Conflict-affected communities in north-east Nigeria are increasingly vulnerable to the COVID-19 pandemic as cases begin to be reported in Borno State. An outbreak would have devastating consequences for millions of internally displaced persons (IDPs) throughout the region, a majority of whom live in overcrowded and underserviced camps.
The International Organization for Migration (IOM) is supporting health actors to construct 90 quarantine shelters across Borno, Adamawa and Yobe States to decrease the risk of COVID-19 spreading in densely populated camps and host communities.
“Given the rapidly evolving situation in Nigeria and across the world, we must ensure that the health of displaced and host communities is a central part of our response,” said Franz Celestin, IOM Nigeria Chief of Mission.
North-east Nigeria remains highly prone to cholera outbreaks, and other diseases such as malaria, measles, Lassa fever, meningitis and hepatitis E are endemic. Lack of access to potable water and sanitation infrastructure increase the health risks of IDPs and returnees. The UN Office for the Coordination of Humanitarian Affairs (OCHA) reports that around 35 per cent of medical facilities have been destroyed or partially damaged due to the conflict.
In coordination with health partners and emergency response agencies, IOM is constructing quarantine shelters to serve internally displaced and host communities in the towns of Gwoza, Pulka, Bama, Dikwa and Monguno. These shelters will cater to people with travel and contact history who might have been exposed to the virus.
The quarantine shelters will consist of individual units with a latrine, shower, handwashing station and living quarters. Special provisions will be made for elderly groups and breastfeeding women. Facilities also have separate entrance and registration areas as well as restricted areas for health personnel.
According to the Nigeria Centre for Disease Control, 981 cases have been confirmed across the country as of 24 April. On 18 April, the first case of COVID-19 was confirmed in Borno State, the epicentre of a humanitarian crisis that has forced over 1.8 million people to leave their homes.
Ten years into a brutal conflict, a total of 7.9 million people need humanitarian assistance across the three most affected states of Borno, Adamawa and Yobe. An estimated 40 per cent of the displaced population reside in 298 displacement sites.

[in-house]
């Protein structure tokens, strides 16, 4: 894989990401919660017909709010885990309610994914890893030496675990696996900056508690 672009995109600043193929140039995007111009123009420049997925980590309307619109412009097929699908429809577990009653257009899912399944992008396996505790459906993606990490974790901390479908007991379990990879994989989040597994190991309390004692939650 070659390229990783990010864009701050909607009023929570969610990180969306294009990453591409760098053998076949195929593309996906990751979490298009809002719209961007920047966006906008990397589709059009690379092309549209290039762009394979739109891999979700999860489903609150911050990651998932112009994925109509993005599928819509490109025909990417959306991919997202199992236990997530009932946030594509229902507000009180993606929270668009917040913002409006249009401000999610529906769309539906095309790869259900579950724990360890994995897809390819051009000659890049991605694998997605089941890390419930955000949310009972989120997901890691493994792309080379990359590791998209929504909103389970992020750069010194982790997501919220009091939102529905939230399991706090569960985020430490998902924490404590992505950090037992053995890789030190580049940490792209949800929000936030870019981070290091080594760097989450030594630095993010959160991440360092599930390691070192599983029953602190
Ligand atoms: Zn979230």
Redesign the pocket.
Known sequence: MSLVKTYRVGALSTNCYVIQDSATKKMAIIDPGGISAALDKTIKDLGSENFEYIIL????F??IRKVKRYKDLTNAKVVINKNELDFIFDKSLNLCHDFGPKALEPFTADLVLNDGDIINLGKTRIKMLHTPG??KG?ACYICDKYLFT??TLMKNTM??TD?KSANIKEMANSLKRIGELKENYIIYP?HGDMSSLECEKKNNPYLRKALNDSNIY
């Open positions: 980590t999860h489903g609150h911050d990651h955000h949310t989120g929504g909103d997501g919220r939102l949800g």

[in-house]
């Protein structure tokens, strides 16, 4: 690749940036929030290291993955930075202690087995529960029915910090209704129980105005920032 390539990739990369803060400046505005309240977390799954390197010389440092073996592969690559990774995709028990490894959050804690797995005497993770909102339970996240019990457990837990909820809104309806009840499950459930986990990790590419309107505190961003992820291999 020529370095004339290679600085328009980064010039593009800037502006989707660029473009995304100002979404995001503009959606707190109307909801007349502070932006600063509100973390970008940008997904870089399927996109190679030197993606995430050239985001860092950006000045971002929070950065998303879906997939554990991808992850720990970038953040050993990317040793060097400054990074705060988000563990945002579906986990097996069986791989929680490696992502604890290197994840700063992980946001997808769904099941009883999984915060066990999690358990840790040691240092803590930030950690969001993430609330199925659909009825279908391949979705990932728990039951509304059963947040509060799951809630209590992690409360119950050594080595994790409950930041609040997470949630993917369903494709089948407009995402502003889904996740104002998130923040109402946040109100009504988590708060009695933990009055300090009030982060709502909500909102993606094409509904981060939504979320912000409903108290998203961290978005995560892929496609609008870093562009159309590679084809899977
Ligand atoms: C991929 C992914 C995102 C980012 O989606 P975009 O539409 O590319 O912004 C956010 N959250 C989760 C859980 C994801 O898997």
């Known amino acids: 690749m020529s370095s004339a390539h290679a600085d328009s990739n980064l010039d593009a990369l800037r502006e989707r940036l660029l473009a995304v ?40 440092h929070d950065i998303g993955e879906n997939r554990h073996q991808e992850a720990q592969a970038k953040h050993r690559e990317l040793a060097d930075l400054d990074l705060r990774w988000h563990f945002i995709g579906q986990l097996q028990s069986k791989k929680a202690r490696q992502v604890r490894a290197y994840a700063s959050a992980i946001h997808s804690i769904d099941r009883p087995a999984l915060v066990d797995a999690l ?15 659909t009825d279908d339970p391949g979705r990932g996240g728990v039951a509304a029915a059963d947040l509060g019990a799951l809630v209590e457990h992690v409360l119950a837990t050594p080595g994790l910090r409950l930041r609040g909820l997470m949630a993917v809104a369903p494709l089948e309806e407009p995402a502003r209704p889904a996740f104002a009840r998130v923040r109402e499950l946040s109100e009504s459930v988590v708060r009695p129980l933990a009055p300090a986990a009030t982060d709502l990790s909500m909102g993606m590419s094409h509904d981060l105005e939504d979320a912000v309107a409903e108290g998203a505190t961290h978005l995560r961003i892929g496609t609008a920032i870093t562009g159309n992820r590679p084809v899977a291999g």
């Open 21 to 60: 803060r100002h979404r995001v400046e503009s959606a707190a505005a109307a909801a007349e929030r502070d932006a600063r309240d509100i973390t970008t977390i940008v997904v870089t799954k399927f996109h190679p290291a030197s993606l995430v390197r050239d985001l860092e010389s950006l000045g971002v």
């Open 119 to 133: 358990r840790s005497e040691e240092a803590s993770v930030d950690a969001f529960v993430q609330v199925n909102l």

In 2019 alone, over 180,000 people fled following an upsurge in violence in the north-east. One in two camps in Borno State are currently overcrowded, which heightens the risk of disease transmission for the nearly 700,000 vulnerable people living in such conditions.
“Camp decongestion has been a challenge, but it is now a priority. I call on all stakeholders to urgently contribute to efforts being made to decongest camps in respect of people’s rights and dignity,” said Edward Kallon, the Humanitarian Coordinator in Nigeria.
To decongest camps, IOM is rehabilitating buildings to accommodate IDPs living in reception centres in Ngala town as well as relocating residents from overcrowded camps to new shelters in Monguno.
Since the start of the pandemic, IOM has been raising awareness among displaced communities on measures for preventing the spread of COVID-19 such as handwashing and coughing best practices.
In more than 80 IOM-managed sites, hygiene promoters, including camp residents, have been disseminating information in line with physical distancing. They conduct door-to-door household visits, air mobile speaker and radio announcements and host small group discussions with 15 people maximum sitting one metre apart from each other.
IOM teams are also repairing WASH facilities and installing handwashing stations while providing basic hygiene items to 48,000 individuals, including soap, and cleaning and disinfection supplies for latrines, homes, and health facilities.
As part of its overall response to the virus and support to the Nigerian authorities, IOM will manage the new UN isolation centre in Abuja and repurpose two of its laboratories for testing, once tests become available, and case management.
The nine-month project for quarantine shelters in Borno, Adamawa and Yobe states is funded by the United Nations Central Emergency Response Fund (CERF).